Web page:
A Guide To Smart Contracts

Patrice Sauro 28 March 2022

A Guide To Smart Contracts

The author of this article, coming from Private Trust Partners, examines the terrain of smart contracts, including those much-talked about non-fungible tokens, or NFTs. These entities continue to stimulate talk in the wealth management industry.

The article comes from Private Trust Partners, part of TrustConsult, the Luxembourg-based group. Patrice Sauro, executive director, examines the world of “smart contracts” – one of the many digital assets that affect the world wealth managers inhabit. (We have looked at the broad impact that these technologies are having here.)

One internet definition of a “smart contract” is a “self-executing contract with the terms of the agreement between buyer and seller being directly written into lines of code” (source: Investopedia). Why do smart contracts matter, how do they work and how should private client advisors think about them? The author considers some of these questions. 

The editors at WealthBriefing are pleased to share these thoughts and invite readers’ reactions. As ever, the usual editorial disclaimers apply – jump into the conversation! Email

Smart contracts are micro-apps that run on a blockchain. Ethereum is the most popular smart contract platform. These contracts allow you to lock up your money and then release it when certain conditions are met. We can implement many structuring products using this technique without the need for centralised authority. Smart contracts could handle things like automatic payments and investment products.

Smart contracts (also known as distributed apps) are becoming increasingly popular. They are basically treated in the same way as traditional contracts. The only distinction is that they are entirely digital. In reality, a smart contract is a small computer program that is stored within a blockchain.

Let's look at an example to see how smart contracts work. You've probably heard of Ulule, the popular fundraising platform. Product teams can use Ulule to create a project, set a funding goal, and begin collecting funds from others who believe in the idea.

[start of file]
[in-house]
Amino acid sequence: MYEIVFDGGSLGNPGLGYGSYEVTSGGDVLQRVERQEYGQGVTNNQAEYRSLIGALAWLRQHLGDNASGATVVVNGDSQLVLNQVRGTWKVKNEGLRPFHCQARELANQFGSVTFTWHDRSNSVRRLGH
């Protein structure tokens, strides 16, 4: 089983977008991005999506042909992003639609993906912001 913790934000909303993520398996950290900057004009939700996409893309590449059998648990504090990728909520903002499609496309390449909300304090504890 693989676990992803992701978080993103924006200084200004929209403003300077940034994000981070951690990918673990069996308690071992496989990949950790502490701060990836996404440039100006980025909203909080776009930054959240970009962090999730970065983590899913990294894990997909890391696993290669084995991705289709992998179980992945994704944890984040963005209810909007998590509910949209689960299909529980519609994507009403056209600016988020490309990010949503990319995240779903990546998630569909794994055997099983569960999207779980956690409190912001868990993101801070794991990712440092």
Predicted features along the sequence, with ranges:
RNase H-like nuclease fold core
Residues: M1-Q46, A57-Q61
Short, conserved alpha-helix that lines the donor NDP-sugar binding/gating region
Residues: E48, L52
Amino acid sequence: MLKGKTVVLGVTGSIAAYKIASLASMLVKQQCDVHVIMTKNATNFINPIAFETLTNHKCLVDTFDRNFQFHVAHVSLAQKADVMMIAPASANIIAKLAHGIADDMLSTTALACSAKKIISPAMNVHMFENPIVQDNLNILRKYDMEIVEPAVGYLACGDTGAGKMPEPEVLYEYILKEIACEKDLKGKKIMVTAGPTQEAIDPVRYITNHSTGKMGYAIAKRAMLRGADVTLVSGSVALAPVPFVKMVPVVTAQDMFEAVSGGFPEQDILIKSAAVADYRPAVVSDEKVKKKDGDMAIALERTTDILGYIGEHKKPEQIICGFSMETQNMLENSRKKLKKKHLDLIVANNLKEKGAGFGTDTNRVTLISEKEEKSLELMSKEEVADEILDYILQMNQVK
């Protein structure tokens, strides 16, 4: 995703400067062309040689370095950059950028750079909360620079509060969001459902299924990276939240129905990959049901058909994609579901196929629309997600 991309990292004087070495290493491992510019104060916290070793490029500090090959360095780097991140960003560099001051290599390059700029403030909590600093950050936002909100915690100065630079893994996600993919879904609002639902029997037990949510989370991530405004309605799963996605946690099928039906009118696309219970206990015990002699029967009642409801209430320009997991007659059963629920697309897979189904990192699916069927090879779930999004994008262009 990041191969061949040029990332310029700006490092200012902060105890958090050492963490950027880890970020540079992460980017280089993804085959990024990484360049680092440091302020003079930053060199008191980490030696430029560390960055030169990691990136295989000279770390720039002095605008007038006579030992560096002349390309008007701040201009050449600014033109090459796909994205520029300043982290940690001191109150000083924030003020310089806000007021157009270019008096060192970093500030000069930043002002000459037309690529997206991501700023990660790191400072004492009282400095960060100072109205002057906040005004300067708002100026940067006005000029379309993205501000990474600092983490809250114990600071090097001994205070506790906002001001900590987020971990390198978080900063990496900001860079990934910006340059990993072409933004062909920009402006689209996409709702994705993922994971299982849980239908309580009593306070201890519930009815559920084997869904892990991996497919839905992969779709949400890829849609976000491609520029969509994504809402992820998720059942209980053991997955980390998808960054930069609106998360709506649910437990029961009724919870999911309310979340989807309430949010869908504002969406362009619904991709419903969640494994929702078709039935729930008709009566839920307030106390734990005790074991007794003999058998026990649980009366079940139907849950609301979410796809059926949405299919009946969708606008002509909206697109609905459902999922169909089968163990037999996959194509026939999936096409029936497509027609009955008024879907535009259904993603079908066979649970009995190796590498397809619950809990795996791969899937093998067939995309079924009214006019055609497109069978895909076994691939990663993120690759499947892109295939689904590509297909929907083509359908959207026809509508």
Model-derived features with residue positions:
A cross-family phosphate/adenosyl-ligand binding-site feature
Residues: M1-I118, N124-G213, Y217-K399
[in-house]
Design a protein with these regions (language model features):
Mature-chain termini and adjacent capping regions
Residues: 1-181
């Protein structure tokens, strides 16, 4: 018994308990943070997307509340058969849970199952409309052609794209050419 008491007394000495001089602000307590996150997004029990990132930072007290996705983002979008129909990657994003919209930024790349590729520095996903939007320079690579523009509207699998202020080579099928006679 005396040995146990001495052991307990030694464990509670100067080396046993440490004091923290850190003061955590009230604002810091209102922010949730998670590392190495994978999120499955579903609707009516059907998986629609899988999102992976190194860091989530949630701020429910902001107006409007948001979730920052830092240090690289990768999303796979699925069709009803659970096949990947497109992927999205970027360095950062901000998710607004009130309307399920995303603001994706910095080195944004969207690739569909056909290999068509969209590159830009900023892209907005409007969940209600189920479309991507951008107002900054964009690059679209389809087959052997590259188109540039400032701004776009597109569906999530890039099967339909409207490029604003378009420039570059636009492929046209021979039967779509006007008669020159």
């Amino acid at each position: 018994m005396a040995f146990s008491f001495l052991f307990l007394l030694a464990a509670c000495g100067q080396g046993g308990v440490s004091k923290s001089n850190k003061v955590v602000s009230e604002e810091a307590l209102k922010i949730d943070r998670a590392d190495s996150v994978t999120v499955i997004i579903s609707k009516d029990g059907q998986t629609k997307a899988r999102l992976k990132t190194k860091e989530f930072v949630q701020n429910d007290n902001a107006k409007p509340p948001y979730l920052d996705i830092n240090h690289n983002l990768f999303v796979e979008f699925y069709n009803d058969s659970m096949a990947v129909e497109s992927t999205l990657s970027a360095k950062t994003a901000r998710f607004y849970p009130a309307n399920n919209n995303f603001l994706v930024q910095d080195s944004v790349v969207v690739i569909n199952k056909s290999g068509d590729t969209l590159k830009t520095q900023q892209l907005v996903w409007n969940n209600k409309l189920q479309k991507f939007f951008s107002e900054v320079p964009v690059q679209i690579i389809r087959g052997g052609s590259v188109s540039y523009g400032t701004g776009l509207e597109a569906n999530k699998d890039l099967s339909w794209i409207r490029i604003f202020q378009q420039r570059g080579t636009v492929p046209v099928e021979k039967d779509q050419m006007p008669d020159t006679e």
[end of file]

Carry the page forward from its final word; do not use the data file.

Ulule is essentially a middleman between product teams and supporters (investors). This means that they must both trust Ulule to handle their money properly. If the project is successfully funded, the project team anticipates receiving funds from Ulule. 

Investors, on the other hand, want their money to go to the project if it was funded or to be refunded if it did not meet its objectives. Both the product team and its supports must trust Ulule.

However, using smart contracts, we can create a similar system that does not rely on a third party, such as Ulule. So, let's make a smart contract for it! We can program the smart contract to hold all funds received until a specific goal is met. The project's investors can now transfer funds to the smart contract. If the project is fully funded, the contract automatically transfers the funds to the project's promoter. And if the project falls short of its goal, the funds are automatically returned to the investors. That’s impressive.

Everything is completely distributed because smart contracts are stored on a blockchain. No one loses control of the money when using this method.

Why should we put our faith in a smart contract?
Because smart contracts are stored on a blockchain, they are endowed with some powerful properties. They are both immutable and distributed.

They are immutable: this means a smart contract can never be changed again after it is created. Also, being “distributed” means the output of your contract is validated by everyone on the network, so no one can go behind your back and tamper with the code of your contract.

As a result, a single person cannot force the contract to release the funds because other users on the network will notice and mark the attempt as invalid. Smart contract tampering becomes nearly impossible.

Smart contracts can be used for a variety of purposes other than crowdfunding. It could be used by banks to make loans or to offer automatic payments. It could be used by insurance companies to process certain claims. Postal companies, for example, could use it for payment on delivery.

At the moment, only a few blockchains support smart contracts, with Ethereum being the most popular. It was created and designed specifically to support smart contracts.

They can be programmed using the Solidity programming language. This language was designed specifically for Ethereum and has a syntax similar to Javascript. It's worth noting that bitcoin has smart contract support as well, though it's much more limited than Ethereum.